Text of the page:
Fabry disease is a debilitating rare genetic disorder that can have a significant effect on the normal functioning of many vital organs in the body, including the heart, kidneys and skin.

About Fabry disease

Fabry disease is caused by changes (mutations) in the galactosidase alpha (GLA) gene, which is responsible for providing the body with instructions for producing alpha-galactosidase A (α-Gal A) enzyme. The α-Gal A enzyme is needed to process and get rid of a fatty substance called globotriaosylceramide (Gb3) from cells. If the body can’t get rid of Gb3 then it can lead to serious disease of vital organs.

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Signs and symptoms of Fabry disease

There are two types of Fabry disease: classical and non-classical disease, which can occur in both males and females.

People with classical Fabry disease produce little or no α-Gal A enzyme.

Symptoms are usually first experienced in early childhood. The average age of the first symptoms in males and females is 10.5 years, and yet the average age of diagnosis is 28.5 years. Diagnosing the disease can be difficult because of the range of symptoms that can occur over time. Early symptoms can include:

Signs and symptoms of Fabry disease
  • Episodes of pain and burning sensations [known medically as neuropathic pain]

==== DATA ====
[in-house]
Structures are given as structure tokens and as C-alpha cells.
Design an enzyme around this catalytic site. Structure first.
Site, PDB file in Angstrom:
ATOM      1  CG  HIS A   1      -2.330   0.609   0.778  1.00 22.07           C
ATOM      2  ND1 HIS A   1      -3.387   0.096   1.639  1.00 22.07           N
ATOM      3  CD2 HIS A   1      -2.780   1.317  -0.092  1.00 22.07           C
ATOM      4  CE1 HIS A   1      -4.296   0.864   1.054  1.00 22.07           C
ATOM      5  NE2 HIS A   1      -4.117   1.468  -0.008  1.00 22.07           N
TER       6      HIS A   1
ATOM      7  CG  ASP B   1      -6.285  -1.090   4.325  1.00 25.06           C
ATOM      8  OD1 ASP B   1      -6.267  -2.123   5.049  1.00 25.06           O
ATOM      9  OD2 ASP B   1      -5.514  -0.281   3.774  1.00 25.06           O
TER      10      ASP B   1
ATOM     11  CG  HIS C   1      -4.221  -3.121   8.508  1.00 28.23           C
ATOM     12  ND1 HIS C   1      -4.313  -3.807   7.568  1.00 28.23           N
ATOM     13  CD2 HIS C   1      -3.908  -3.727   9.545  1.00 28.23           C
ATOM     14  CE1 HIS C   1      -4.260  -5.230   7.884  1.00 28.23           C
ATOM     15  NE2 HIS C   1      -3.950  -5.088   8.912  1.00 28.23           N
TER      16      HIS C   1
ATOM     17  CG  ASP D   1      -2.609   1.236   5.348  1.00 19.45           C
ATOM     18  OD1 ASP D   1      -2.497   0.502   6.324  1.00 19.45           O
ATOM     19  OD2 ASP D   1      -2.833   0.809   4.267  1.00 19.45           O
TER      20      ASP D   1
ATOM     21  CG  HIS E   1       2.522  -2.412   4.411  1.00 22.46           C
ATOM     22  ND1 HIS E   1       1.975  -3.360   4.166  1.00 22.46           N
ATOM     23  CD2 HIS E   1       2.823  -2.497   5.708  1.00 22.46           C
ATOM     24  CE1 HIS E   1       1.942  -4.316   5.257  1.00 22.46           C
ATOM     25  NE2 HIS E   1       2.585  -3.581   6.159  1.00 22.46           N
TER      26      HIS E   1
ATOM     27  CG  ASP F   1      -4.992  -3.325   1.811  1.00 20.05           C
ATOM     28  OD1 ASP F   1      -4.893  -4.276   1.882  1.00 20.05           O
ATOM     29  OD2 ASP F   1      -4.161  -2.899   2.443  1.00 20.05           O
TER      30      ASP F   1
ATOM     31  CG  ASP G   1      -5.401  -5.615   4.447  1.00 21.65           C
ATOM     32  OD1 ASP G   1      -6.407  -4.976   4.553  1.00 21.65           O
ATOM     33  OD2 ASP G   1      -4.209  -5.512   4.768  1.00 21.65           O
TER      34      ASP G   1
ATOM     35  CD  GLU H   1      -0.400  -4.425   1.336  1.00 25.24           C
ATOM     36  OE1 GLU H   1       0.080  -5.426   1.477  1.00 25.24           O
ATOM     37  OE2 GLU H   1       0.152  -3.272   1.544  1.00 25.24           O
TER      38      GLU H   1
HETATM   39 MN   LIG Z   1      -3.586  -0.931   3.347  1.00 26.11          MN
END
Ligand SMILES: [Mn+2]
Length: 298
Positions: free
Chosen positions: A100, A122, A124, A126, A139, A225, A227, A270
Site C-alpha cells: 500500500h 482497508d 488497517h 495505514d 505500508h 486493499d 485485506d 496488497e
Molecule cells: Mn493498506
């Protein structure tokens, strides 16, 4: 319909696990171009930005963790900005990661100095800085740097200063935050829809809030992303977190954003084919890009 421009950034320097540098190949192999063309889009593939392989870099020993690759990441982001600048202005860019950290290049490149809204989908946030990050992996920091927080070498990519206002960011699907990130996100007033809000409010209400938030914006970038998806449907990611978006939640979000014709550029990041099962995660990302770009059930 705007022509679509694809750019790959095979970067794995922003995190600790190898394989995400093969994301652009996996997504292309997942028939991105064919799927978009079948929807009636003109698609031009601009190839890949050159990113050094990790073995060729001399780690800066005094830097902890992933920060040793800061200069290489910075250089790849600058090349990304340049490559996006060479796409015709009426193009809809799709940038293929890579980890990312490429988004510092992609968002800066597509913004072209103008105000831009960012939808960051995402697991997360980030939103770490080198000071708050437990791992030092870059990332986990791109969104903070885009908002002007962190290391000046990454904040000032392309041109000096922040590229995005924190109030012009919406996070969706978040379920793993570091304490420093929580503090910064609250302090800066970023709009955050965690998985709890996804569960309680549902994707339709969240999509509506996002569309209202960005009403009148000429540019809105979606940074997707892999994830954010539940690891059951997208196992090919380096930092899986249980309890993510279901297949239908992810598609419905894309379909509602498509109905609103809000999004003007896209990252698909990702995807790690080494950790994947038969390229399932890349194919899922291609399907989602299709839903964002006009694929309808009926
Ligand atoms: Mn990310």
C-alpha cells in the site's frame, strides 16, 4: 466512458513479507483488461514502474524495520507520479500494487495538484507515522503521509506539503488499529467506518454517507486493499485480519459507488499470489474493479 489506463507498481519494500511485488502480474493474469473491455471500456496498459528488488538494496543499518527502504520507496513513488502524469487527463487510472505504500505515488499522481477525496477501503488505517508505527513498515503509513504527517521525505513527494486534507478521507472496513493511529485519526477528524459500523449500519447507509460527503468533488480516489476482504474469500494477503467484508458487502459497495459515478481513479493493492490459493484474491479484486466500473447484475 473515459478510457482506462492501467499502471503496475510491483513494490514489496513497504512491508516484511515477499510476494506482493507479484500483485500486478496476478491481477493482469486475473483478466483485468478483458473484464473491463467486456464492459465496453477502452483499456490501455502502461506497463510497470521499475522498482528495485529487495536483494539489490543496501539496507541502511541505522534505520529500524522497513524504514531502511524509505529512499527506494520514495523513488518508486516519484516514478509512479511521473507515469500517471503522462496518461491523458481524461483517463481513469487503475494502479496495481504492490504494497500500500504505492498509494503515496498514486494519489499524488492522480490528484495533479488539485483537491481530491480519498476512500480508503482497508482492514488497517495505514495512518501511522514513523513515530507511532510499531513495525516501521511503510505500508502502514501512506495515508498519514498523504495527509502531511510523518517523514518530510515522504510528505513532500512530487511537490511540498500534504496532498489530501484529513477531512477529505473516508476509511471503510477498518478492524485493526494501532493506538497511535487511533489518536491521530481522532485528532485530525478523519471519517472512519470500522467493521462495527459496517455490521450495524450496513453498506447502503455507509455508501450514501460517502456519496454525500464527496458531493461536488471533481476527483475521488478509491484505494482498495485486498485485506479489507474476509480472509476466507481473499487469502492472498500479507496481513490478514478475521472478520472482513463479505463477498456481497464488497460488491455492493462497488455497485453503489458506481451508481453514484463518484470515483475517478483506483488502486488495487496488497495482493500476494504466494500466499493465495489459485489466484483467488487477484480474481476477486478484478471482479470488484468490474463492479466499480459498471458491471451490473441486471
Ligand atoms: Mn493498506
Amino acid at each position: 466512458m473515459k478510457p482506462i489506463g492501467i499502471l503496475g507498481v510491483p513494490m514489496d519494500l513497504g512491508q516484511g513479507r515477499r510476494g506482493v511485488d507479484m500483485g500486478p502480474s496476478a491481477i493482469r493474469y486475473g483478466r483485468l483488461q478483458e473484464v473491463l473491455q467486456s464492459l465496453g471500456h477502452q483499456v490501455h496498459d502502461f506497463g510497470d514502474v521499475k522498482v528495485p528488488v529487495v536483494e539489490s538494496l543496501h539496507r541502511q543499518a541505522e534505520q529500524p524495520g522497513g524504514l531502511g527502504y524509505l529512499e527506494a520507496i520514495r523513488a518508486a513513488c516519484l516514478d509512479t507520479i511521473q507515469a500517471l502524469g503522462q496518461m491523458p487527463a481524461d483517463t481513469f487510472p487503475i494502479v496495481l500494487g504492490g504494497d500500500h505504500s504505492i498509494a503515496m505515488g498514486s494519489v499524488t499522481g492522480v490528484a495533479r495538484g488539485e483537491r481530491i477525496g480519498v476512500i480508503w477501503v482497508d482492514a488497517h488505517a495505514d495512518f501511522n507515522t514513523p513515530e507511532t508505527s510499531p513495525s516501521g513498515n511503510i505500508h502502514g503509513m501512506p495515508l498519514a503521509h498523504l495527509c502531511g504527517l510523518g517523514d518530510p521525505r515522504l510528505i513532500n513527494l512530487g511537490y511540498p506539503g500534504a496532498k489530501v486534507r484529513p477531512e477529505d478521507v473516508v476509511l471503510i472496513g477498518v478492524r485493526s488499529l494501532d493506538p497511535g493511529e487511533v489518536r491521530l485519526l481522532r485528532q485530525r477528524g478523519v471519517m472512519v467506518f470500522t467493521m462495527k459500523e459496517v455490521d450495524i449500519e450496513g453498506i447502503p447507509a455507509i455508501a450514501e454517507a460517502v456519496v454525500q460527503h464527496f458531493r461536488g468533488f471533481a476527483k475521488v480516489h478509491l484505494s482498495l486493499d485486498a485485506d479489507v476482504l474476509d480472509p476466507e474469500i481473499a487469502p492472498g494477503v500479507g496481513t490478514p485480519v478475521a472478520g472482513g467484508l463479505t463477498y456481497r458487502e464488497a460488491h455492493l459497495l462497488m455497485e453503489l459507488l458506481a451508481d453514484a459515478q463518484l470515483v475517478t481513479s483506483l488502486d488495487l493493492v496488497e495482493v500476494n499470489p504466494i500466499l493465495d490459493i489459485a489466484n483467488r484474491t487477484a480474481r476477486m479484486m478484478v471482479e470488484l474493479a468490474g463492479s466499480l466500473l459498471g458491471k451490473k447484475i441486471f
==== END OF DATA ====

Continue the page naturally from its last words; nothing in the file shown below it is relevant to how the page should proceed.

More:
• Decreased or absent sweat production and discomfort (heat intolerance) in warm temperatures, with exercise or fevers [anhidrosis or hypohidrosis]
  • Development of small, raised reddish purple blemishes on the skin [angiokeratoma]
  • Cloudiness of the front surface (cornea) of the eye [cornea verticillata]

The disease gets progressively worse over time and can affect many vital organs, including the kidneys, heart, nerves, skin, eyes and gut.

People with non-classical Fabry disease, also called late-onset or atypical Fabry disease, have low levels of α-Gal A enzyme. They are generally less severely affected and the disease may be limited to a single organ.

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Current treatments for Fabry disease aim to increase the level of active α-Gal A in the bloodstream.

Enzyme replacement therapy (ERT)

  • Uses ‘man-made’ versions of α-Gal A
  • Its goal is to replace the missing α-Gal A enzyme in the blood
  • This then lowers the amount of a fatty substance called globotriaosylceramide (Gb3) that build-up in tissues
  • Current ERT involves regular infusions via a vein with a needle or catheter, usually once every two weeks

Chaperone therapy

  • Works in 40–50% of patients with certain genetic faults found on the α-Gal A enzyme
  • It stabilizes the α-Gal A enzyme so it can then do its job of clearing Gb3 from the blood and reduce the build-up in tissue

Scientific research

Several research studies are currently underway to explore other potential new treatment approaches, including investigational gene therapy.

Other treatments

Other treatments for Fabry disease are aimed at relieving specific symptoms

Treatments that can relieve the symptoms of Fabry disease include painkillers, anti-clotting drugs to prevent strokes and drugs to treat heart disease.

In severe Fabry disease that has progressed to kidney failure, hemodialysis and kidney transplantation may be necessary.